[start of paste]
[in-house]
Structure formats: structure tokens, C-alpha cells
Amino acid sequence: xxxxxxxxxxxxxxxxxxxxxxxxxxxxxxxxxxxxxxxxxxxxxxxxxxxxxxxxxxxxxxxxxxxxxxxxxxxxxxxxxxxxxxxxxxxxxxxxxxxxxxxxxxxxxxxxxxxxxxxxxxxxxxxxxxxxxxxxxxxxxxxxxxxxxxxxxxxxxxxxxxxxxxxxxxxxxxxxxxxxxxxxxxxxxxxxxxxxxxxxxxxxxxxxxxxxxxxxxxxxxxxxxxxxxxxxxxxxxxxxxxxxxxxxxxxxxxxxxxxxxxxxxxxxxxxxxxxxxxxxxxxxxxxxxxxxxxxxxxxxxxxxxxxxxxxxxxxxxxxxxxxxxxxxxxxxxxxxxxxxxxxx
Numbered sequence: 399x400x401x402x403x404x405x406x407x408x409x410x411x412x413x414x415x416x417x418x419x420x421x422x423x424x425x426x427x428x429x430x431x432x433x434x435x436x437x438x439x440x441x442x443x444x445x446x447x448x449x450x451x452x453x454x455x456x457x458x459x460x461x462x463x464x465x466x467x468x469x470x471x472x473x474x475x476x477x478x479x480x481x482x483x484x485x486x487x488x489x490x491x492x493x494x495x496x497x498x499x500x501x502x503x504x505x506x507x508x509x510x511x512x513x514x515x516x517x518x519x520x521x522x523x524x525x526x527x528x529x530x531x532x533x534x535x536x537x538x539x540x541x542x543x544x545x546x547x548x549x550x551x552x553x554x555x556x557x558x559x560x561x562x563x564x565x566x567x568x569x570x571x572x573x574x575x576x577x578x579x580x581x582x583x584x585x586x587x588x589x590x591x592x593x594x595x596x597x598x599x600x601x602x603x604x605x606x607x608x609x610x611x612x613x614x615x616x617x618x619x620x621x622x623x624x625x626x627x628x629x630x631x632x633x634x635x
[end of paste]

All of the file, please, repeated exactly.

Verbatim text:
[in-house]
Structure formats: structure tokens, C-alpha cells
Amino acid sequence: xxxxxxxxxxxxxxxxxxxxxxxxxxxxxxxxxxxxxxxxxxxxxxxxxxxxxxxxxxxxxxxxxxxxxxxxxxxxxxxxxxxxxxxxxxxxxxxxxxxxxxxxxxxxxxxxxxxxxxxxxxxxxxxxxxxxxxxxxxxxxxxxxxxxxxxxxxxxxxxxxxxxxxxxxxxxxxxxxxxxxxxxxxxxxxxxxxxxxxxxxxxxxxxxxxxxxxxxxxxxxxxxxxxxxxxxxxxxxxxxxxxxxxxxxxxxxxxxxxxxxxxxxxxxxxxxxxxxxxxxxxxxxxxxxxxxxxxxxxxxxxxxxxxxxxxxxxxxxxxxxxxxxxxxxxxxxxxxxxxxxxxx
Numbered sequence: 399x400x401x402x403x404x405x406x407x408x409x410x411x412x413x414x415x416x417x418x419x420x421x422x423x424x425x426x427x428x429x430x431x432x433x434x435x436x437x438x439x440x441x442x443x444x445x446x447x448x449x450x451x452x453x454x455x456x457x458x459x460x461x462x463x464x465x466x467x468x469x470x471x472x473x474x475x476x477x478x479x480x481x482x483x484x485x486x487x488x489x490x491x492x493x494x495x496x497x498x499x500x501x502x503x504x505x506x507x508x509x510x511x512x513x514x515x516x517x518x519x520x521x522x523x524x525x526x527x528x529x530x531x532x533x534x535x536x537x538x539x540x541x542x543x544x545x546x547x548x549x550x551x552x553x554x555x556x557x558x559x560x561x562x563x564x565x566x567x568x569x570x571x572x573x574x575x576x577x578x579x580x581x582x583x584x585x586x587x588x589x590x591x592x593x594x595x596x597x598x599x600x601x602x603x604x605x606x607x608x609x610x611x612x613x614x615x616x617x618x619x620x621x622x623x624x625x626x627x628x629x630x631x632x633x634x635x